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Jacques-Julien Houtou de La Billardière (1755–1834)

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Jacques-Julien Houtou de La Billardière (1755-1834), naturalist, was born at Alençon, France, on 23 October 1755. He studied botany at Montpellier before graduating as a doctor of medicine at Paris. After spending eighteen months in England examining plants brought from many parts of the world he botanized in the Alps, Cyprus, Syria and Mount Lebanon, Crete, Sardinia and Corsica. On his return to France he began to publish Icones Plantarum Syriae Rariorum Discriptionibus et Observationibus Illustratae (Paris, 1791), which he completed in 1812.

In 1791 he joined the expedition sent out under Bruni d'Entrecasteaux in La Recherche and L'Espérance to search for La Pérouse. On the voyage La Billardière collected not only plants but animals, fish and birds. He was a keen observer and his Relation du Voyage à la Recherche de La Pérouse (1-2, and book of illustrations, Paris, 1800; English translation, London, 1800) contains valuable descriptions of the lands and peoples the expedition visited, including detailed accounts of the appearance and ways of the Australian Aboriginals. When, after the death of Bruni, the officers, mainly royalists, handed the ships to the Dutch in Java, La Billardière and a few other republicans were imprisoned from October 1793 until March 1795. Many members of the expedition died in Java and only 120 of the 219 who had set out from France survived to reach Mauritius.

When La Billardière arrived in France he discovered that his collections which contained more than 4000 plants, of which three-quarters were previously unknown, had been sent to England as prizes of war. He persuaded the French government to claim them. Sir Joseph Banks supported the claim and they were returned. In 1792 La Billardière had been made a corresponding member of L'Académie Royale des Sciences and in 1800 was elected to the Institut. He published Nova Hollandiae Plantarum Specimen (1-2, Paris, 1804-06), and many other works. He was aloof, independent and had a sharp tongue, but was evidently an active, versatile and devoted naturalist. He died in Paris on 8 January 1834.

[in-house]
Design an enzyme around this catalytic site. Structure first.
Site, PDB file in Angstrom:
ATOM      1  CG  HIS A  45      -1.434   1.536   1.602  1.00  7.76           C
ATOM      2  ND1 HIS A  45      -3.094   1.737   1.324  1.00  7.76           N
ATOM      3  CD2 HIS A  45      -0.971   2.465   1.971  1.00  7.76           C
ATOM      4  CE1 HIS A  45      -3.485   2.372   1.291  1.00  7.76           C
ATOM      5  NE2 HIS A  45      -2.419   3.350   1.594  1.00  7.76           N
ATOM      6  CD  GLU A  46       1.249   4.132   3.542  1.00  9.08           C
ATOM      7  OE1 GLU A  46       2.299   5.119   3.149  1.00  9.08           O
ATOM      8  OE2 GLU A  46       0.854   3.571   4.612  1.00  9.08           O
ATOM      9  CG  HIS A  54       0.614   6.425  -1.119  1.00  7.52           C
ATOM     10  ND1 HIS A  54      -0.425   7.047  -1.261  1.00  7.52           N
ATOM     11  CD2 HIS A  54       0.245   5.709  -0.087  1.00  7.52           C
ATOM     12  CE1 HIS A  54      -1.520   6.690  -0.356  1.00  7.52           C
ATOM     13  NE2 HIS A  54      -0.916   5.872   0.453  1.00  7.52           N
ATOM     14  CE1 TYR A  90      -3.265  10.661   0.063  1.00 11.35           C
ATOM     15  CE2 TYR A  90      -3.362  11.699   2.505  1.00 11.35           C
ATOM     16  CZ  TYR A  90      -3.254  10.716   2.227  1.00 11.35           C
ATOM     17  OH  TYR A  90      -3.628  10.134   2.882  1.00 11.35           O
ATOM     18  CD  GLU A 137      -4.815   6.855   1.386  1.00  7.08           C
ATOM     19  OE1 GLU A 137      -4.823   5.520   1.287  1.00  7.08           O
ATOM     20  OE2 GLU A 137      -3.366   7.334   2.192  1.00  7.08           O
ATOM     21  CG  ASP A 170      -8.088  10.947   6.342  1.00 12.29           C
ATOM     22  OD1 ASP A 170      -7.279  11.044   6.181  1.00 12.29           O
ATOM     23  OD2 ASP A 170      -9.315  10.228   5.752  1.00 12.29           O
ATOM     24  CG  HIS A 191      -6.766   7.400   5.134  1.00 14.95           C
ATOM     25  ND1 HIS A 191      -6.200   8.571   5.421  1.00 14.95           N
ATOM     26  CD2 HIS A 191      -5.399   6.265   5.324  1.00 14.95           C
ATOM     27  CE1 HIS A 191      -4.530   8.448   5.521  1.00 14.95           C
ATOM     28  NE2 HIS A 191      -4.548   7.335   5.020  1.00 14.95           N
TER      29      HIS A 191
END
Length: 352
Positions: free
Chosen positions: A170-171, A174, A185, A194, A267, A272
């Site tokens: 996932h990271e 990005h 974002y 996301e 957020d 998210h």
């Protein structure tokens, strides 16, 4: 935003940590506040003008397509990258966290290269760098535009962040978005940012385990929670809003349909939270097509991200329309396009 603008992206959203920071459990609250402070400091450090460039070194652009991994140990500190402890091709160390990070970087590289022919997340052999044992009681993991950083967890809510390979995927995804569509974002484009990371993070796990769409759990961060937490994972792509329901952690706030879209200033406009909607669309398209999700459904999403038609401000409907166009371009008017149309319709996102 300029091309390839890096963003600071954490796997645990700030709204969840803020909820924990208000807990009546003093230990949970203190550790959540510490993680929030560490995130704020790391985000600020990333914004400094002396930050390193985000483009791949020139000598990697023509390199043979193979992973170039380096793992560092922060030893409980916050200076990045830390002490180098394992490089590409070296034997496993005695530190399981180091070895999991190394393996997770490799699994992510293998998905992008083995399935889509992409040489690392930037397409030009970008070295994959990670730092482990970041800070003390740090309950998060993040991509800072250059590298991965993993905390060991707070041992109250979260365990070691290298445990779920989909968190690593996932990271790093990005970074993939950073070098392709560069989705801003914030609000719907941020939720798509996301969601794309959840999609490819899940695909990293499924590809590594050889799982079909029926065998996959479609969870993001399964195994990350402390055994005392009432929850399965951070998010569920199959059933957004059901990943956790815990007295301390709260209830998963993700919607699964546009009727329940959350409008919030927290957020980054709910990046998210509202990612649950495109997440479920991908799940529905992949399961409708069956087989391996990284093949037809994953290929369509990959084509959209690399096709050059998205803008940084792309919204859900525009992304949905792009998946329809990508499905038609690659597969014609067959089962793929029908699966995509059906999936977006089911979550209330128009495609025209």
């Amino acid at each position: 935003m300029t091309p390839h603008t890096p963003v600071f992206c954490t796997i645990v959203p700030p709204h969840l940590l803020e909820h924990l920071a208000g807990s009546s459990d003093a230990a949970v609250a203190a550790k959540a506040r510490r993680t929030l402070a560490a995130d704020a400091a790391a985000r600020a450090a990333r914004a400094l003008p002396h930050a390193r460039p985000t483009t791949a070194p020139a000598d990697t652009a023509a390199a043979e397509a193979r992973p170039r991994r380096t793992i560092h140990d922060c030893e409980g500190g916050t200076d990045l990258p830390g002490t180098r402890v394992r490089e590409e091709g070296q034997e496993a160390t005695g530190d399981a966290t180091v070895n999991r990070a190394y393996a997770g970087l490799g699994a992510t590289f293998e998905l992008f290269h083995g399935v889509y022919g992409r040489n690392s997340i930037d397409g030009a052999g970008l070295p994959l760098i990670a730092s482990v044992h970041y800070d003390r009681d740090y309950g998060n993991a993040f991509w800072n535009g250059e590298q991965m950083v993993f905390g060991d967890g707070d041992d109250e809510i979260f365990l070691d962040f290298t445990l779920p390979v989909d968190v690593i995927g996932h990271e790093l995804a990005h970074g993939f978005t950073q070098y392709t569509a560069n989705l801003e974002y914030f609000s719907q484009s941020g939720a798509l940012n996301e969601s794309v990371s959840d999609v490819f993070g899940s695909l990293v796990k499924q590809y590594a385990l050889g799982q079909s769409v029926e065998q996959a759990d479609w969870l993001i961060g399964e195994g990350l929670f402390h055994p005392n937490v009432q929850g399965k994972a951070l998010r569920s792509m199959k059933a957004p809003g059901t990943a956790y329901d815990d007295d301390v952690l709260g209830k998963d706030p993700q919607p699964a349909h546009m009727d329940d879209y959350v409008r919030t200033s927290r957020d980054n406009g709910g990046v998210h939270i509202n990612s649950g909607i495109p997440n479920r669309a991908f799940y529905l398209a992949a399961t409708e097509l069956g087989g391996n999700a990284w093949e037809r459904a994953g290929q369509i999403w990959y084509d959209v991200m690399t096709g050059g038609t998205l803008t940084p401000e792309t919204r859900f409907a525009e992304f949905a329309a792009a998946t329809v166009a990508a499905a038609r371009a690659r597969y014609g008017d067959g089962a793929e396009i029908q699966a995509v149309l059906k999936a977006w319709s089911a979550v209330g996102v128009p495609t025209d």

According to Pierre Flourens (1794-1867), physiologist and member of the French Academy, La Billardière should be regarded as 'one of the first naturalists who made known the peculiar vegetation of the southern countries, which by their dissection and their classification, have added so much to botany'. His collections were bought by the English botanist, P. B. Webb (1793-1854), who bequeathed them to the grand Duke of Tuscany; they are now in the museum of Florence. His name has been given to an Australian shrub (billardiera) of the Apocynam (dog's bane) family.

Select Bibliography

  • Nouvelle Biographie Générale, vol 28 (Paris, 1861)
  • R. W. Giblin, The Early History of Tasmania, vol 1 (Lond, 1928).

Related Entries in NCB Sites

Citation details

'La Billardière, Jacques-Julien Houtou de (1755–1834)', Australian Dictionary of Biography, National Centre of Biography, Australian National University,, published first in hardcopy 1967, accessed online 18 July 2024.

This article was published in hardcopy in Australian Dictionary of Biography, Volume 2, (Melbourne University Press), 1967

View the front pages for Volume 2

© Copyright Australian Dictionary of Biography, 2006-2024

Life Summary [details]

Alternative Names
  • La Billardiere, Jacques-Julien Houtou de

23 October, 1755
Alençon, France


8 January, 1834 (aged 78)
Paris, France

Cultural Heritage

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